That’s the question that will be on every early morning golfer’s mind from now until winter. Generally speaking, for frost to form the surface must be colder than the surrounding air with clear skies and calm conditions. Temperatures do not need to be equal to or below freezing in order for frost to occur. Also, frost may not be present everywhere, it depends upon the area’s microclimate. The erratic occurrence of frost is partly due to: differences of elevation, lower areas being cooler than higher, shaded or sunny, turf height and moisture; which are all examples of microclimates. Typically, frost can be forecasted based on the following day’s weather but the only unknown variable is how long the frost is going to persist. During periods of frost, we want to protect the golf course from any damage from both the employees and golfers. So on that note, a practice that will both protect the course from damage and speed up the frost delay, is to introduce (warmer) irrigation water to the grass which essentially helps to “melt” the frost off of the leaf blade.
Why is frost a big deal?
Many plants can be damaged or killed by freezing temperatures or frost. The damage varies by the type of plant and tissue exposed to low temperatures. Once frost forms, the leaf cells may be damaged by sharp ice crystals that are located on or inside the plant. However, the turf plant itself is not necessarily damaged when leaf temperature drops below the freezing point, just the leaf tissue. This is evident on some areas of bentgrass that turn either a dull green or purple. On the other hand, if those sharp crystals are present and are stepped on, you can damage the leaf blade and kill the plant or turf.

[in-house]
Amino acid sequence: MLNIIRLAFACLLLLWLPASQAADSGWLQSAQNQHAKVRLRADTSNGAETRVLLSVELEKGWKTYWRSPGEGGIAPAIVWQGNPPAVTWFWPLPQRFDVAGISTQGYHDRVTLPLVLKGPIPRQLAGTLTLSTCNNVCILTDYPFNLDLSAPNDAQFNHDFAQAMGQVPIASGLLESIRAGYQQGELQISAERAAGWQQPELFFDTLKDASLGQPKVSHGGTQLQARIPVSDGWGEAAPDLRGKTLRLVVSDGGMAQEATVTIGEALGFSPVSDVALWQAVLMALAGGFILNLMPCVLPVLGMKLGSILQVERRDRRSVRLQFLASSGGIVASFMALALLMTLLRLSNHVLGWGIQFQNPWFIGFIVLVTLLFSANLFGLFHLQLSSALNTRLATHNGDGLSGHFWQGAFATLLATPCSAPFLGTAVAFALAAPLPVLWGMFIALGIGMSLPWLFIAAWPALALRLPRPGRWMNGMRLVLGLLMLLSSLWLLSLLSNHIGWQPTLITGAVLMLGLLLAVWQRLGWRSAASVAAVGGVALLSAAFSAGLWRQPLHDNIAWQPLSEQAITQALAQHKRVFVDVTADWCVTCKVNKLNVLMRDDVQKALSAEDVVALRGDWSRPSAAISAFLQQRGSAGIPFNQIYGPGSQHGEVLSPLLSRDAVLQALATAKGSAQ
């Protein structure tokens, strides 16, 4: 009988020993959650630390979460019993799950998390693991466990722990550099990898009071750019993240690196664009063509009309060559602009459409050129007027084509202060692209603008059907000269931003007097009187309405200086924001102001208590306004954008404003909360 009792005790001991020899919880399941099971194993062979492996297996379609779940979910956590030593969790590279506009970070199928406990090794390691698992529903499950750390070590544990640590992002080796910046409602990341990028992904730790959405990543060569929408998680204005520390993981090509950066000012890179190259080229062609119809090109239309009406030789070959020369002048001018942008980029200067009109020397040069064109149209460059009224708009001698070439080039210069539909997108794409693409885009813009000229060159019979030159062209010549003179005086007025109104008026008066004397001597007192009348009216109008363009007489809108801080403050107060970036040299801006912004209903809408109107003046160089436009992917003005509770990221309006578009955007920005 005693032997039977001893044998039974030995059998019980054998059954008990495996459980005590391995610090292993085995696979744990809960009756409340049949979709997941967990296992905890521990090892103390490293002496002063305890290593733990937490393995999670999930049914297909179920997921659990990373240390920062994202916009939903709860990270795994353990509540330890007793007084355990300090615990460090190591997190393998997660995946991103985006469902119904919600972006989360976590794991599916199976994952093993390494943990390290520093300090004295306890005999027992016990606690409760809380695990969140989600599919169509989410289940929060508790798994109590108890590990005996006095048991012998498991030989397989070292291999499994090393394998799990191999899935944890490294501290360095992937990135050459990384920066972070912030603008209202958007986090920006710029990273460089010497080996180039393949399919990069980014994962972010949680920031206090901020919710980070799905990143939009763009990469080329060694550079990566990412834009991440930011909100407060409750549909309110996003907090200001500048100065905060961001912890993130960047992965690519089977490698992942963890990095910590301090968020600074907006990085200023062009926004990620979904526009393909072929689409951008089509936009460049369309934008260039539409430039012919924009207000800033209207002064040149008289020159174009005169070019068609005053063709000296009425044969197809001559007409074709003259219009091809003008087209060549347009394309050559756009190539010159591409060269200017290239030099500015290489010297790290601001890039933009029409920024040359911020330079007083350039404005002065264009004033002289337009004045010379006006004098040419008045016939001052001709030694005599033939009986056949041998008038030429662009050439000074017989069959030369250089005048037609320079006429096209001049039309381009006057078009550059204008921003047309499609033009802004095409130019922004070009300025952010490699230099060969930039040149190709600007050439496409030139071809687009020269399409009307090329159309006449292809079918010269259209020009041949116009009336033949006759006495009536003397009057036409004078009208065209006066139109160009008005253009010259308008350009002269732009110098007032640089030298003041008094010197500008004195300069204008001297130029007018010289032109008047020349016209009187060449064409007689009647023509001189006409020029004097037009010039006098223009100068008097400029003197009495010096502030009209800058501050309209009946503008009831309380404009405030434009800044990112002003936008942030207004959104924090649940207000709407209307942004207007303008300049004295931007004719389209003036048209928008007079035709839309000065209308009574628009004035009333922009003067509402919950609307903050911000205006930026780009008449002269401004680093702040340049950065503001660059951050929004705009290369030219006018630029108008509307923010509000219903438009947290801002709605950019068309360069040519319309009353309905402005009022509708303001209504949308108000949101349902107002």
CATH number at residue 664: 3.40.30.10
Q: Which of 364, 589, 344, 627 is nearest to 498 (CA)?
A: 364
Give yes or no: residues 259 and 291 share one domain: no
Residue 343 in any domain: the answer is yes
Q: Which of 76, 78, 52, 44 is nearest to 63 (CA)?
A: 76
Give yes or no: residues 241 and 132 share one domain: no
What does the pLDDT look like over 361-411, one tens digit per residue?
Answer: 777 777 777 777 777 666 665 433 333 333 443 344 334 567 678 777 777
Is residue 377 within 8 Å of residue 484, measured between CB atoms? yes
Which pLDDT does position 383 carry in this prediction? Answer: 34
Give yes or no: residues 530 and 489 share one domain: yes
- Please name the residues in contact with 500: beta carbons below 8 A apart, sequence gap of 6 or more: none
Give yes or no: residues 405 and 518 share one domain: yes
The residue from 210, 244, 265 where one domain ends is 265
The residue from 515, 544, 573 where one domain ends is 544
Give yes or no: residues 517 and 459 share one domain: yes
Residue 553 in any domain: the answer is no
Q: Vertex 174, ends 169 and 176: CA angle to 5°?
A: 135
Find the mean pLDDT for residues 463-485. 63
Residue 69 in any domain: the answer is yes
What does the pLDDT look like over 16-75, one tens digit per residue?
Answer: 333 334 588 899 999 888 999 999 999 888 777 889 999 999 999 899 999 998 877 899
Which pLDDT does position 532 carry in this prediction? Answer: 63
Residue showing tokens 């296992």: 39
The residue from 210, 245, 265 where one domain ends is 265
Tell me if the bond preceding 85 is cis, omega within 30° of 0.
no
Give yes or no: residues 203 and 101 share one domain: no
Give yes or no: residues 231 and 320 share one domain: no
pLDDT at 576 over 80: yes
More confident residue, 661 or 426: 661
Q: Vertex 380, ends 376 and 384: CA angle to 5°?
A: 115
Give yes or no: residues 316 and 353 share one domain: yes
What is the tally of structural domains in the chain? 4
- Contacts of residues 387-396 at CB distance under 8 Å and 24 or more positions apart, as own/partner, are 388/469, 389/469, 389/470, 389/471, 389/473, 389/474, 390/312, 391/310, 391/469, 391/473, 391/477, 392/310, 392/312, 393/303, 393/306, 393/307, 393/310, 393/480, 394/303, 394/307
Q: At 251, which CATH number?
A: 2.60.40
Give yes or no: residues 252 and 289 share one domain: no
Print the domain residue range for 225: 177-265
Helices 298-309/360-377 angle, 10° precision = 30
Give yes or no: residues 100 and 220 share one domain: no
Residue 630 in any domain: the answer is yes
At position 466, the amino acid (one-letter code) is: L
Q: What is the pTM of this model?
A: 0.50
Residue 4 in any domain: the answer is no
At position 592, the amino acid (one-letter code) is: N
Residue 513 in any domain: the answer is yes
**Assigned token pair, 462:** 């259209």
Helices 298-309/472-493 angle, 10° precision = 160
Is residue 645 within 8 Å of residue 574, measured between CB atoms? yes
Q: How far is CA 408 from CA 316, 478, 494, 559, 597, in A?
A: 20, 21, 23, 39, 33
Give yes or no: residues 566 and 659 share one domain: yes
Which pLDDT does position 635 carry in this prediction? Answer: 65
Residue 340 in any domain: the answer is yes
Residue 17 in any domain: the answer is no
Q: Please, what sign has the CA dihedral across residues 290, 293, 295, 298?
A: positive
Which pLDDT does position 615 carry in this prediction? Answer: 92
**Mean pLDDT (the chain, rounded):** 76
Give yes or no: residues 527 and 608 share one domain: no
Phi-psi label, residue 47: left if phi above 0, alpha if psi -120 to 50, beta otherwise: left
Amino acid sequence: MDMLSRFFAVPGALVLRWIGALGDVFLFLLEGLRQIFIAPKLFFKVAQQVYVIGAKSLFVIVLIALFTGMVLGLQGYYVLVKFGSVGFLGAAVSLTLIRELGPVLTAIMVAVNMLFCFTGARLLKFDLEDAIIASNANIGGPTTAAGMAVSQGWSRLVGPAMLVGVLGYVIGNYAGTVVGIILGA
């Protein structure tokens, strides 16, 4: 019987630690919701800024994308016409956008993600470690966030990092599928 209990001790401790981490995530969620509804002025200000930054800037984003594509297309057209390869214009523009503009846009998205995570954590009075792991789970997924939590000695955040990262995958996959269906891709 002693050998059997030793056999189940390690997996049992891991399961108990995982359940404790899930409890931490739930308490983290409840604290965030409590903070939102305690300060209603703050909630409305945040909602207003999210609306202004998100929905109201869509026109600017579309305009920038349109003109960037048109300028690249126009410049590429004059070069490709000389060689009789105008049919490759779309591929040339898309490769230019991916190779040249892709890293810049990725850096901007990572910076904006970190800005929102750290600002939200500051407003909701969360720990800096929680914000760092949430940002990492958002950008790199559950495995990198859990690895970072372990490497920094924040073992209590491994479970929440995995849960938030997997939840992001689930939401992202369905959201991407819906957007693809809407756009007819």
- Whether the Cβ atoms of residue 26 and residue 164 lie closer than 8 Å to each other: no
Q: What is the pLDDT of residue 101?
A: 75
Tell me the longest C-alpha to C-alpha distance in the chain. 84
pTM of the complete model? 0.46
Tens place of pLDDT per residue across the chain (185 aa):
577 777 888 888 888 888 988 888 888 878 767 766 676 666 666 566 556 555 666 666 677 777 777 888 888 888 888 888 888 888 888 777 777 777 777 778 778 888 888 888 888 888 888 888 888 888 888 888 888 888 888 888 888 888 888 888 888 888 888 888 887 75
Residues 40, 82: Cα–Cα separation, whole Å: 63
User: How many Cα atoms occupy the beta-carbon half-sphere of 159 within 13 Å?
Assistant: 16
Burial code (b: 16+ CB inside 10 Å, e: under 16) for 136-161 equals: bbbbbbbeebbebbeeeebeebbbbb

|Off-site example of frost damage/ kill from someone walking on a green with frost present.|
Below is a video from the USGA that illustrates and further explains frost, the golf course and you.